Several officers arrived shortly thereafter. When the police approached Norwood, she appeared to be unresponsive. The police found Murray face down in a pool of blood with no pulse. An ambulance arrived at approximately 8:00 a.m. Norwood was placed on a stretcher and transported to Suburban Hospital. Officer Colin O'Brien was working part-time for Suburban Hospital performing security work as a uniformed police officer on March 12. He met the ambulance carrying Norwood when it arrived and followed her stretcher into the trauma bay. Officer O'Brien observed a number of cuts on Norwood's chest, legs, arms, and forehead. In particular, Officer O'Brien noticed a one to two-inch laceration on Norwood's right hand that ran parallel to Norwood's thumb. While at the hospital, Norwood was examined by a sexual assault nurse examiner. The examination revealed no evidence of sexual assault.

Over the next several days, multiple police officers engaged in various conversations with Norwood. Norwood's statements to police officers during conversations were later the subject of a motion to suppress. Specifically, Norwood sought to suppress statements made on March 12, 14, 16, and 18.3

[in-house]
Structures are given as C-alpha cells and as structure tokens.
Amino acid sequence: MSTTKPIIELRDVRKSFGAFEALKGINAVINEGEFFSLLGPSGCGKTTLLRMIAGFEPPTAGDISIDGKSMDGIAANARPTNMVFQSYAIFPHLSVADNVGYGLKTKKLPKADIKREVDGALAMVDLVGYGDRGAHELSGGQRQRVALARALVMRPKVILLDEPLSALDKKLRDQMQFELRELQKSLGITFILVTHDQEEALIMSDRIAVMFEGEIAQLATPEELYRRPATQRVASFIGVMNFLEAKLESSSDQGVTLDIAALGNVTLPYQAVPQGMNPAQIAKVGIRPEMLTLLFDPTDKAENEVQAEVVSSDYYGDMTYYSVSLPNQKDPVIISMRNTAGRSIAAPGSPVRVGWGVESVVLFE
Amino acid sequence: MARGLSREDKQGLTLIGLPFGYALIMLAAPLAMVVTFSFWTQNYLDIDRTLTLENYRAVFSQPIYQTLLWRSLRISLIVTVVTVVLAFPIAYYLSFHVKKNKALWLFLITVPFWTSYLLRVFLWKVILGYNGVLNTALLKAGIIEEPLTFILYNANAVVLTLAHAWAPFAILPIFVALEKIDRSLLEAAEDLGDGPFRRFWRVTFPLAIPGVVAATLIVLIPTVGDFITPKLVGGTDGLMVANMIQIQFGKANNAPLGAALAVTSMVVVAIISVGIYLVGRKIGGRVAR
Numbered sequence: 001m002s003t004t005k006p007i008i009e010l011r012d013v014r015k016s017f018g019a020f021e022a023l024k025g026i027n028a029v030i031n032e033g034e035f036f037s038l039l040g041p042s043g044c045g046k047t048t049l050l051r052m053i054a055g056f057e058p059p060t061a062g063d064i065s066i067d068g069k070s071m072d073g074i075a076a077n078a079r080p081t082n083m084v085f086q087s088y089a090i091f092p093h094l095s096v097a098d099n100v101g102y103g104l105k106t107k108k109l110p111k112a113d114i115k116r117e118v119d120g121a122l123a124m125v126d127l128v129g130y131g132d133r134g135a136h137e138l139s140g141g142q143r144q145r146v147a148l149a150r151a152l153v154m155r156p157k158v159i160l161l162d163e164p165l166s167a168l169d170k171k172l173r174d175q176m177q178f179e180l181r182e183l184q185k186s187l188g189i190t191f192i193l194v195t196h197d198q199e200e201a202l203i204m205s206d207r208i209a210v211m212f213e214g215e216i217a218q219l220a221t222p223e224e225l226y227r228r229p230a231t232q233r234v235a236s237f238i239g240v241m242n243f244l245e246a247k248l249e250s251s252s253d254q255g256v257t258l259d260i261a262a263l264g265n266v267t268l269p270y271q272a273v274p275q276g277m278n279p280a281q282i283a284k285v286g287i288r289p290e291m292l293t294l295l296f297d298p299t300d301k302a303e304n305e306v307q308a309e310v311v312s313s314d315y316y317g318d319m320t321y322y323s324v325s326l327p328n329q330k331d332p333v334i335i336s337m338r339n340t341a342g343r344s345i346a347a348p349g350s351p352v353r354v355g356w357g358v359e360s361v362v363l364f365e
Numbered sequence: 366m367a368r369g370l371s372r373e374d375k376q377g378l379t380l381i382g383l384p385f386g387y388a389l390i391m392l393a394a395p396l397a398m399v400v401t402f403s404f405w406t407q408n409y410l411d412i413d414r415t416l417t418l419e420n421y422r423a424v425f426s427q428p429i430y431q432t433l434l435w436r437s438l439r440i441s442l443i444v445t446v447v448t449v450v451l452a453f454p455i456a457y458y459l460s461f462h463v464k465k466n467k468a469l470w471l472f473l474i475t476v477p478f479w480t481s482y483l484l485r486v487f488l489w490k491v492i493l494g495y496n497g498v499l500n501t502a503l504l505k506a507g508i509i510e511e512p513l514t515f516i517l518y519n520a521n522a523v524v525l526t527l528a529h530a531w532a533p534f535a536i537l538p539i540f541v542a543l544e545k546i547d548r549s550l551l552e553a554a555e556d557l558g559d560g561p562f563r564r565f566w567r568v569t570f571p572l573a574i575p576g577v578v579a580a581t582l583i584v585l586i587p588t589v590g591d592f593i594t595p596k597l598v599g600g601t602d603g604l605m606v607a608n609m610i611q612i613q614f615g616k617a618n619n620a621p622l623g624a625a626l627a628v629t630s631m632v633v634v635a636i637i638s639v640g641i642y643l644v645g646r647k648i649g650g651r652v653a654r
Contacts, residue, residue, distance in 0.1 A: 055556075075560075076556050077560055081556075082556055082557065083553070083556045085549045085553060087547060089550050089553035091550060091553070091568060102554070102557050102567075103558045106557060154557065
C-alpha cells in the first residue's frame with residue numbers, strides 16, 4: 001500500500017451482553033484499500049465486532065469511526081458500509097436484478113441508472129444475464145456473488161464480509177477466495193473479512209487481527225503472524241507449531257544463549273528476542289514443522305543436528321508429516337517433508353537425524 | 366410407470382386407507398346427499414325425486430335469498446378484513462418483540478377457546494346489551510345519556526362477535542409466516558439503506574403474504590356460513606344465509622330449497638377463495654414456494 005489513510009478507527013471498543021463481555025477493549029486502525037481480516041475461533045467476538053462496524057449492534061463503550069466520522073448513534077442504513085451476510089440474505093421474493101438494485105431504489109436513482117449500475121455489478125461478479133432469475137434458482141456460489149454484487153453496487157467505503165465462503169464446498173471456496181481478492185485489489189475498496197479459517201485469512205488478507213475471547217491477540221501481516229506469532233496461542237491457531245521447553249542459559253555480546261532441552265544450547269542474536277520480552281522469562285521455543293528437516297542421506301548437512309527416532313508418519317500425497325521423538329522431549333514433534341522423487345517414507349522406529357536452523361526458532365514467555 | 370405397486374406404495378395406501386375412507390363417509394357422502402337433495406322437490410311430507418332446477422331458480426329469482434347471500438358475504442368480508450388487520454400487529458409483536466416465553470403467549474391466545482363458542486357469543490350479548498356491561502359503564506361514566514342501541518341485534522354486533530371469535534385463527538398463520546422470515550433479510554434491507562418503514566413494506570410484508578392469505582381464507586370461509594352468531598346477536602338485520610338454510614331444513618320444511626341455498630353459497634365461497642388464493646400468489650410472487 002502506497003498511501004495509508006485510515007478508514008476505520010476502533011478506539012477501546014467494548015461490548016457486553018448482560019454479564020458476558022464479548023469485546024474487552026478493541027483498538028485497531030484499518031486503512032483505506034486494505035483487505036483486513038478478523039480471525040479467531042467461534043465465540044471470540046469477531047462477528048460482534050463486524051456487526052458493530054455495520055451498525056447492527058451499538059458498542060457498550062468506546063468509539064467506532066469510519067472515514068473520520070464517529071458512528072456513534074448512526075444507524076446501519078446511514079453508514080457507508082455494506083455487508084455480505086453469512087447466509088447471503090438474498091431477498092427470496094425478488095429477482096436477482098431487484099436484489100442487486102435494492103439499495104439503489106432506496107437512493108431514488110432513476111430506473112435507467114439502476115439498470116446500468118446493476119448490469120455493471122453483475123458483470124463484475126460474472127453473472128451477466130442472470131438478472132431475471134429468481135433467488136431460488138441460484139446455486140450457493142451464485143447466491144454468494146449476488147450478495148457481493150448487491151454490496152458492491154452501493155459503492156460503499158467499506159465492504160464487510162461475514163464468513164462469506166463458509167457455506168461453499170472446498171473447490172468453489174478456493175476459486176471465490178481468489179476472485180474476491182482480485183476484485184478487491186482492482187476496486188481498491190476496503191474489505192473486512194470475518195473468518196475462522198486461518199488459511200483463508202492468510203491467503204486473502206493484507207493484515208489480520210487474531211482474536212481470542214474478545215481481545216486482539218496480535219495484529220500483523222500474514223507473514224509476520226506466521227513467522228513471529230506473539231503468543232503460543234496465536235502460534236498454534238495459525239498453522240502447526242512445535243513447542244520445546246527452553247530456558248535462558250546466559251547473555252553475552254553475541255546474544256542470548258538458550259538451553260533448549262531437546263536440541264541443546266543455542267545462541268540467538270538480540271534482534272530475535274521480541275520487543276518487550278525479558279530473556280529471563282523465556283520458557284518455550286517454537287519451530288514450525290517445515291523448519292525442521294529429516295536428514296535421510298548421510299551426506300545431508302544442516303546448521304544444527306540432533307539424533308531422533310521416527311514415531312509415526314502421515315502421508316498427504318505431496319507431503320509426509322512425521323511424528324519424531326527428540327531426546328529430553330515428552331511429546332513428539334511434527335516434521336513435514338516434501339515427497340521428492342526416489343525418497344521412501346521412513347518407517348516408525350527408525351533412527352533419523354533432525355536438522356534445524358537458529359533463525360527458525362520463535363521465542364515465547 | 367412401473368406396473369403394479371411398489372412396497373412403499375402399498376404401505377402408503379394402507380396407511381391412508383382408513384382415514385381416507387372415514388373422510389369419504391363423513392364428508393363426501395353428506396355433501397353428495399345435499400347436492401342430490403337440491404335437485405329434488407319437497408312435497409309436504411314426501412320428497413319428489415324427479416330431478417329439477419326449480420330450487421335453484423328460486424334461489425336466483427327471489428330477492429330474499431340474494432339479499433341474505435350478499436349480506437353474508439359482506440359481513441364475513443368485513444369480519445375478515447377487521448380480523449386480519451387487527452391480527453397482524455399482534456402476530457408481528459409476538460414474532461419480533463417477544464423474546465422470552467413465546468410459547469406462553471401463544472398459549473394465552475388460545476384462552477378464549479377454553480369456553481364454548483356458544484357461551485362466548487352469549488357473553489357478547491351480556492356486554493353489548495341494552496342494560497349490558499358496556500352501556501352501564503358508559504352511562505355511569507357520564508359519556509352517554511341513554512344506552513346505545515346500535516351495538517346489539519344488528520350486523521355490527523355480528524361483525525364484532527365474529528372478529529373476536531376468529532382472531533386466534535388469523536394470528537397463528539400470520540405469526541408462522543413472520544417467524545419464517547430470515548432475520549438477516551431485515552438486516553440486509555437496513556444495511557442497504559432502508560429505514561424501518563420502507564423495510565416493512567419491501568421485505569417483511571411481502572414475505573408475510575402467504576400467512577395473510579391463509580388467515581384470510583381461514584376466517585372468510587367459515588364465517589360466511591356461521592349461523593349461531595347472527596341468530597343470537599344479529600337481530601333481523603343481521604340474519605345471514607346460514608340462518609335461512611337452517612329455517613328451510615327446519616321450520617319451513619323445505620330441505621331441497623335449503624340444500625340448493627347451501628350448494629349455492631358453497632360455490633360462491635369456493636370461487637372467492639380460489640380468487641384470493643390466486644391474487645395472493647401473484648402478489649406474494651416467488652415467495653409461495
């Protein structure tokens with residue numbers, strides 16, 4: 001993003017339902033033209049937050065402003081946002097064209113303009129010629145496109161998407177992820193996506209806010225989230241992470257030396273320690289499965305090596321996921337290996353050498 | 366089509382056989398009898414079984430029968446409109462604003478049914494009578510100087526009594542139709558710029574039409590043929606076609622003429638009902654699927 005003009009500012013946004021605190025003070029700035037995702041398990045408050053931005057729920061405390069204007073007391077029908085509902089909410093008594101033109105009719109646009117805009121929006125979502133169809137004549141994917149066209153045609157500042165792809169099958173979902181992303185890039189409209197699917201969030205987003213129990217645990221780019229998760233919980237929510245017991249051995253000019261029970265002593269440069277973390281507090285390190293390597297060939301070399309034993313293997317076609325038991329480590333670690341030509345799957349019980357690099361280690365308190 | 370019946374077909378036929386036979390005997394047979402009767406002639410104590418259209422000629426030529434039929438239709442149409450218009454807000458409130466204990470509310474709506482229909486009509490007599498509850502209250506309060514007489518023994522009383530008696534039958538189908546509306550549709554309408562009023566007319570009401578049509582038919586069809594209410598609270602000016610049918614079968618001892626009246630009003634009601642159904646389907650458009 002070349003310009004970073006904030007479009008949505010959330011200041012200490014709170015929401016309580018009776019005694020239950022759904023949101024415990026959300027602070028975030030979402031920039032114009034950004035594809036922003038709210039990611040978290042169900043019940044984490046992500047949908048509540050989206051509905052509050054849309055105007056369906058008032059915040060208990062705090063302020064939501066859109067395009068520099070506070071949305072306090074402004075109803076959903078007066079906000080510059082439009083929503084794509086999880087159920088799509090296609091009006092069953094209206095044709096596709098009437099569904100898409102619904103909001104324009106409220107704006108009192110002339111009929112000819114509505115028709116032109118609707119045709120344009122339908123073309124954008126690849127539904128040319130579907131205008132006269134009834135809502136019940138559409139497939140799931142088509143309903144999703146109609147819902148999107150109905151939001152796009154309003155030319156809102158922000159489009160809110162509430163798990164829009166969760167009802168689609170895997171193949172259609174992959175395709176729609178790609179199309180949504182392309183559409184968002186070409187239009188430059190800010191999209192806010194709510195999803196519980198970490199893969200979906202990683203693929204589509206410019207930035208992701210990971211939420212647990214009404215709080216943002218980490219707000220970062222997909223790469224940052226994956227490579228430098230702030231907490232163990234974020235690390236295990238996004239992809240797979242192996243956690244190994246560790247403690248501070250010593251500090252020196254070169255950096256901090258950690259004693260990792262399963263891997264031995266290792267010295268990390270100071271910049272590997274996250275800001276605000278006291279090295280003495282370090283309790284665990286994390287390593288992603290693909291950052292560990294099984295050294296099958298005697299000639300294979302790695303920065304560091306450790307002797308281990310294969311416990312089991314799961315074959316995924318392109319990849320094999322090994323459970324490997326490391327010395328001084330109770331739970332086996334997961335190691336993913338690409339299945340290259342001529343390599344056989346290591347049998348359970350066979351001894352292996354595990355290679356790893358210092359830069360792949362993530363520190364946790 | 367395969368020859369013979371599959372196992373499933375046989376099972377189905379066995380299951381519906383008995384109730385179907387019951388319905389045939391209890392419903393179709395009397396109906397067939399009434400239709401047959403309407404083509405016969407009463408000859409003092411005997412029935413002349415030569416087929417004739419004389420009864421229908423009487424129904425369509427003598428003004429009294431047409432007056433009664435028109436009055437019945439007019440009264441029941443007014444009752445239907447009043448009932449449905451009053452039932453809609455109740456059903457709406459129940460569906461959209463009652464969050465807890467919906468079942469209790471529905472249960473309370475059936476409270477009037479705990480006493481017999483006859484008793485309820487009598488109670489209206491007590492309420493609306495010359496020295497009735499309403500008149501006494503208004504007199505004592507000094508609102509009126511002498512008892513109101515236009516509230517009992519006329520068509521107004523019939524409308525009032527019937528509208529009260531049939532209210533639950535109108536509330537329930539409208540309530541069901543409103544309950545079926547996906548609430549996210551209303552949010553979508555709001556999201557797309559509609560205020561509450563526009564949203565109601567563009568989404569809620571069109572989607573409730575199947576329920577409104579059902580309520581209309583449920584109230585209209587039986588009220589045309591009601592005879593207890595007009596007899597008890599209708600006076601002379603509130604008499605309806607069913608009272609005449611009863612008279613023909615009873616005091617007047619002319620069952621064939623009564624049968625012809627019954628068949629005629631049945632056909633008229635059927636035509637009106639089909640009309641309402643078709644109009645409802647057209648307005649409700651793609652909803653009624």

The March 12 Interview

Detective Deana Mackie of the Montgomery County Police Department met with Norwood at Suburban Hospital at 10:25 a.m. on March 12, 2011 for approximately forty-five to fifty minutes. After her conversation with Norwood, Detective Mackie went to the Lululemon store before returning to Suburban Hospital at approximately 2:35 p.m. to speak with Norwood further. Detective Mackie viewed Norwood as a victim and spoke with her to obtain information in order to develop a suspect. Norwood spoke freely and responded appropriately to Detective Mackie's questions during both sessions. Norwood told Detective Mackie that she and Murray had been attacked by two men wearing masks. She described an attack by two men in significant detail. Norwood told Detective Mackie that she had been raped and sexually assaulted with a clothing hanger. In addition to speaking with Norwood, while at Suburban Hospital, Detective Mackie spoke with various medical professionals.

The March 14 Interview

On March 14, 2011, at approximately 8:00 p.m., Detective Dimitry Ruvin and Detective James Drewry met with Norwood at her residence. The detectives were wearing plainclothes attire. The meeting had been arranged through telephone conversations with Norwood's family members. The detectives' purpose in visiting Norwood was to introduce themselves and inquire as to whether Norwood remembered any additional details of the incident. Detective Ruvin testified that he still considered Norwood a victim during the March 14 interview.